George Kittle :: On DraftKings, I’m likelier to pay down at tight end; but on FanDuel (where Kittle costs 13.3% of the salary cap, against 14.4% on DK, and where the cheaper tight ends also cost more against the salary cap than they do on DK), Kittle on a 49ers team with missing weapons in a game against an Arizona team that should be able to keep the pressure on is a really solid play. You know Kittle will be involved. And as long as this game gets played (being in Portland, I can tell you that these fires are no joke; smoke is just hanging over the city — and it seems San Francisco is much of the same), we know the upside is there as well.

Zach Ertz :: With Dallas Goedert banged up, Miles Sanders banged up, and a thinned-out wide receiver group, Ertz is a solid bet for eight or more targets, and one of his 13+ target games is certainly on the table. Ertz’ price on FanDuel really stands out. On DraftKings, I won’t be leaning heavily on Ertz myself, but he’s very much in play. (You can also look to take advantage of the factors that point to Ertz, at much lower ownership, but embracing some uncertainty with Jalen Reagor, who will be on the field for a full complement of snaps and is a nice pivot off heavier DeSean Jackson ownership.)

Build-Arounds

Atlanta Scores Points

This is covered in-depth in the NFL Edge, of course; but if you want to play Russ, you ultimately want to bet on his opponent scoring points. I do think points will be scored in this game, so I’ll be looking to build Atlanta exposure across a chunk of my rosters, through Julio Jones, Calvin Ridley, Hayden Hurst, and even a sprinkle of Matt Ryan and Todd Gurley. As long as Matt Ryan shows up to play, we’re likely to see a maximum of one dud from this entire group; and a dud would increase the chances of a big game from one of the others. I’ll bring back some of this Atlanta exposure with Russell Wilson, and I may even include Greg Olsen or a Seahawks wideout on one of these rosters. Finally, I’ll hedge my Russ // Falcons bets with some Chris Carson exposure. I’ll likely isolate these plays on a group of rosters (while avoiding this game on another, bigger chunk of rosters), as there are certainly ways in which this game could disappoint. But if this game hits, I want to position myself to maximize the manner in which I’m able to take advantage.

Diggs Pops

Every once in a while, you have to take a running leap at some upside, even if this means not quite being able to see how far below you the ground is. The Bills could easily go run-heavy here, and Stefon Diggs could easily disappoint; but if the Jets and Bills played a 16-game season against each other, Diggs would pop off at least two or three times, and I don’t expect his ownership to reflect that reality. I’ll have a little bit of Diggs; and I may even have enough that I’ll throw in a Josh Allen roster or two along the way.

Lions // Bears Pops

If you read the NFL Edge writeup for this game, you know why we already had an eye here before the Golladay injury; and in fact, that injury messes things up a bit, as it’s no longer viable to take Marvin Jones at low ownership. Instead, we end up with likely Marvin Jones chalk, which introduces a new element: a volatile downfield weapon against a good defense, at chalk. How you want to handle that is up to you (I’ll have a bit of Marvin, I’m sure; but I’ll likely be underweight against the field), but there are also some other angles to consider in this game. Namely: Marvin Hall will be filling in for Golladay, and has big-play upside; T.J. Hockenson should be asked to pick up some of the slack here (as will Danny Amendola, if you want to get frisky); there should be plenty of people on Jones, but not nearly as many on Matthew Stafford paired with Jones; and there won’t be many people who embrace the low floor of this game environment for the upside that can be produced when things are clicking for Mitchell Trubisky, Allen Robinson, and Anthony Miller. I’ll have some pieces of this game on my builds this week.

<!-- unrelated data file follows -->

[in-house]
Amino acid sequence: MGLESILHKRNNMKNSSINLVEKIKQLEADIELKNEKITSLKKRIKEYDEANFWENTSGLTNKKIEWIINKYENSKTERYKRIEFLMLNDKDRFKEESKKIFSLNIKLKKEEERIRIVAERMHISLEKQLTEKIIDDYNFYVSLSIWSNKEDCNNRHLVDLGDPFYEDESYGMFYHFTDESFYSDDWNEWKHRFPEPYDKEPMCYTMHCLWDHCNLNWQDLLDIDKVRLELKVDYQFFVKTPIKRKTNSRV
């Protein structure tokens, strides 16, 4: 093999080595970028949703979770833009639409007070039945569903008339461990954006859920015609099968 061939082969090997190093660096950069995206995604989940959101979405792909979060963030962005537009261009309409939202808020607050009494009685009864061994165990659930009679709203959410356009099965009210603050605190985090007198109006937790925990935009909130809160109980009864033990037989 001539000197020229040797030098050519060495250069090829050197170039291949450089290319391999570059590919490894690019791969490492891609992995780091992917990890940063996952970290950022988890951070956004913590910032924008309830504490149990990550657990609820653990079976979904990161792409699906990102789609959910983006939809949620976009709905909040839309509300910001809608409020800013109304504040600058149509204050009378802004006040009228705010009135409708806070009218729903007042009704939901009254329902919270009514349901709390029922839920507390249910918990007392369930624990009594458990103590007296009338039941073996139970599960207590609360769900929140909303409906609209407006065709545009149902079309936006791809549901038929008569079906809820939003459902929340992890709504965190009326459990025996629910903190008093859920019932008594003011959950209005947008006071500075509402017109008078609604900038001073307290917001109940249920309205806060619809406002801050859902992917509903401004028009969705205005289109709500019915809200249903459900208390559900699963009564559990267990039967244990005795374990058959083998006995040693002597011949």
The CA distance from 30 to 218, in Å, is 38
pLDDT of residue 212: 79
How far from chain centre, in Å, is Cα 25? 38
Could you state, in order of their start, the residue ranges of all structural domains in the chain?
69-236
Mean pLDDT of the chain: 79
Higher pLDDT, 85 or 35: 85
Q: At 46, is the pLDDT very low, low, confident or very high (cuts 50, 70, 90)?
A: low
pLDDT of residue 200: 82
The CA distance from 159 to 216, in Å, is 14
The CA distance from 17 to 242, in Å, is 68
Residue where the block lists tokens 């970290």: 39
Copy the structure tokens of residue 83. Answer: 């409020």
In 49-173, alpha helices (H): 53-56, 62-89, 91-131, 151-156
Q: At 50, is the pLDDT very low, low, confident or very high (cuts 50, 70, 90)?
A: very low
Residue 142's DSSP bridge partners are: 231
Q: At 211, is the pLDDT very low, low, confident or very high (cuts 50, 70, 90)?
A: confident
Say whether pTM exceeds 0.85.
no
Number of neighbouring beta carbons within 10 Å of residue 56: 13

Raiders // Panthers Pops

Read the NFL Edge writeup for this game, of course. There are ways this game could break poorly for us; but if we played out this slate a hundred times, this game would hit the Over more often than not, with two offenses that want to score points and two defenses that should be attackable all season. I’m not as in love with Josh Jacobs as the field apparently is (you can certainly see paths to a disappointing game here, for a back who relies on touchdowns for a large chunk of his production); but I’ll absolutely have some exposure, as he’s a strong play in this spot. Henry Ruggs, Darren Waller, and Bryan Edwards are all upside plays for Las Vegas. D.J. Moore, Robby Anderson, and possibly even Curtis Samuel join CMC as upside options on the Carolina side.

Bonuses

Jets Safety :: The Jets have a brutal matchup against the Bills. But the Bills do a great job taking away the perimeter, and this should filter targets to Jamison Crowder and Chris Herndon. Crowder had a pair of solid games vs Buffalo last year and could easily replicate that success, while Herndon should start seeing five to seven targets pretty quickly this year.

Mike Gesicki :: We know the Dolphins want to attack, and we know they’re going to want to spread the Patriots out and see what they can create. We also know the Patriots are comfortable playing man coverage with shadow assignments for huge stretches of their games, and we know this means Stephon Gilmore on DeVante Parker and JC Jackson or Jason McCourty on Preston Williams. Gesicki should be the number three option in the pass game for this team, and Patrick Chung (who usually covers tight ends for the Patriots) opted out of playing this year. Gesicki is an interesting upside play at tight end this week.

DST

My DST list for the week (I could branch beyond this, or could end up much tighter; but this is where I’m starting my search!)

Ravens (aggressive // blitz-happy // good)

Jets (aggressive // blitz-happy // playing Josh Allen)

Bills (stout // playing Sam Darnold)

Colts (bend-but-don’t-break vs a middling gunslinger; could lead to turnovers and big plays)

Patriots (can still play man coverage; and thus, can still blitz aggressively)

Philly (stout front // should force Haskins to throw // mistakes can pile up)

Chargers (great pass rush // great coverage // taking on a rookie in his first NFL start)

A Wrap ::

Remember to check out the Run To Daylight Pod to hang out with Tod, Hilow, Lex, and me from 8 PM to 10 PM Eastern.

And remember to check back on the Player Grid on Sunday morning. (Probably eight or nine weeks out of the season, we add late-Saturday-night/early-Sunday-morning notes to the top!)

I’ll see you at the top of the leaderboards this weekend!

-JM